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Insights into Calculating Boiler Efficiencies

9/22/2016 | 647 Views | 0 Comments

Prospective industrial boiler buyers should question what a boiler’s stated efficiency values are based upon in order to accurately compare products.



Efficiency is the name of the game today, and the boiler world is no exception. If you can squeeze half a percent of efficiency out of a boiler, it can amount to a significant cost savings on an annual basis. It should come as no surprise, therefore, that creative ways of calculating efficiency sometimes are used. Boiler buyers should not be misled, however. There are those methods that have a logical precedent behind them — the heat loss method and the input-output method — and there are those methods that may provide misleading or incorrect information.

One misleading method that may be gaining popularity lately needs to be identified before it can go any further. This method is a modification of the input-output method. It takes the input energy of natural gas (1,020 BTU/ft3) and the energy of the steam output (BTU/lb at a given saturated pressure) and compares them directly to arrive at what has been called fuel-to-steam boiler efficiency. While at first glance this may appear to be a logical approach, a key factor is missing. The energy in this steam — based on the enthalpy of the saturated vapor at its given pressure — is the final state of the steam. The state of the condensate or feedwater being returned to the boiler, however, is not accounted for. This is the critical flaw in this fuel-to-steam method.

All things have an energy associated with them. Those of most interest to the boiler industry are:

    • The energy in the fluid on the gas side.
    • The energy of the fluid on the water/steam side.

What determines the efficiency of the boiler is how well the energy is transferred between these two fluid flows.

The flue gases lose energy as they pass through the boiler while the condensate/water gains this exact same amount of energy. The energy left over in the flue gases when exiting the boiler is waste. This is the other side of the efficiency equation. This is the first law of thermodynamics at work: energy can neither be created nor destroyed.

A simple example can illustrate this point. Imagine a boiler where the enthalpy of the condensate/water returned to the boiler is neglected. For the purposes of analysis, the following properties of the boiler will be assumed:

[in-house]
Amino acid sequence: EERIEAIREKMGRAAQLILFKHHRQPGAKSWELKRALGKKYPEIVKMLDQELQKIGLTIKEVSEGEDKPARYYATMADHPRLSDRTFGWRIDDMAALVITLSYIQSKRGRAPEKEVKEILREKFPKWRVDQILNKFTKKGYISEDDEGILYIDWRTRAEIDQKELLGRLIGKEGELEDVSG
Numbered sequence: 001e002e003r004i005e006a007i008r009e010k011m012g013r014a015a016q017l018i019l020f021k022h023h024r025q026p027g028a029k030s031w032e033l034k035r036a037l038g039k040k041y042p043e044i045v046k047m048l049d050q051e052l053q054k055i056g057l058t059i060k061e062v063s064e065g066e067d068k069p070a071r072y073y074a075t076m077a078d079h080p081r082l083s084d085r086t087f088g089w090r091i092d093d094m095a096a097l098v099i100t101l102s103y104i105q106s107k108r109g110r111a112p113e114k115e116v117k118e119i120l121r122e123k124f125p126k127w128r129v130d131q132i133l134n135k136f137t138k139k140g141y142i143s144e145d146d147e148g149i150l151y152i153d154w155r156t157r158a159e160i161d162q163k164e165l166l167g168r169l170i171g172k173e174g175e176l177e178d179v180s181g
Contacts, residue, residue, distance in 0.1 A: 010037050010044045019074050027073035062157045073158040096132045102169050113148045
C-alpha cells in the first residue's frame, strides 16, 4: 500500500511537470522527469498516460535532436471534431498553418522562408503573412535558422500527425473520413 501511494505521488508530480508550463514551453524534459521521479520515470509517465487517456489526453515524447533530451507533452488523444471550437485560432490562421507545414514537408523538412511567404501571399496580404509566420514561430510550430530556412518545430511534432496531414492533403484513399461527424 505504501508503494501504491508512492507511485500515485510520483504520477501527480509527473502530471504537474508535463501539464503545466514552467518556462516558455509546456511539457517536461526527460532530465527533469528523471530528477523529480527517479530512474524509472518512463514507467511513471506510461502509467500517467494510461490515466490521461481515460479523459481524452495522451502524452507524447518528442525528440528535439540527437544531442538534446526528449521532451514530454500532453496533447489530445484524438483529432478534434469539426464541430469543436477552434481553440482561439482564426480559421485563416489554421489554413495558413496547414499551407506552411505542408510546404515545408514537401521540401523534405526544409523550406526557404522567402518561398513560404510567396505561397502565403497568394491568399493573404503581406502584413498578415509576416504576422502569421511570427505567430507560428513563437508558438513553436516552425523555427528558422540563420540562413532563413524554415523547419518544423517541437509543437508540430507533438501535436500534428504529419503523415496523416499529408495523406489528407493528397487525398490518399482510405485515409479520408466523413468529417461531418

• The input firing is 16,000 ft3/hr of natural gas, which equates to an input of 16.32 MMBTU/hr.
    • The furnace temperature is 2400°F (1316°C).
    • The ambient (combustion) air temperature is 70°F (21°C).
    • The operating steam pressure is 90 psig.
    • The steam output is 12,400 lb/hr.

Using the method that compares the energy of the gas side directly with the energy of the steam, this results in a 90.1 percent efficiency (table 1).

For our imaginary boiler to operate at 90.1 percent efficiency, the exit temperature of the gases would have to be 325°F (163°C). Now, at a saturated steam pressure of 90 psig, steam has a temperature of 330°F (166°C). This then means that the flue gases leaving the boiler are cooler than the steam being produced. However, in order to obey the first law of thermodynamics with a parallel flow heat exchanger (the industry standard), the flue gases leaving the boiler must be hotter than the steam leaving the boiler; otherwise, energy is being created inside the boiler. Clearly, something is wrong with this calculation.

Now, let us reevaluate this scenario including the enthalpy of the condensate. Assume that the condensate enters the boiler as liquid at 230°F (110°C), and this liquid has an enthalpy of 198 BTU/lb. This would mean that the steam would not gain the full 1,186 BTU/lb as it passed through the boiler; instead, it would gain only 988 BTU/lb. The input energy remains the same as before, but the energy transferred is decreased. Reworking the above problem with this in mind, the flue gases exiting the boiler are now 703°F (373°C). The efficiency is calculated in table 2.

The calculations for the sample system show it is not 90.1 percent efficient; instead, it is 75.1 percent efficient.

Despite the errors associated with the efficiency calculation, it is being used and is affecting engineering specifications. To protect against calculation errors such as this, prospective boiler buyers should question what a boiler’s stated efficiency values are based upon in order to accurately compare products. Before deciding which boiler is the most efficient, do some calculations of your own to determine if the values stated are even physically possible.


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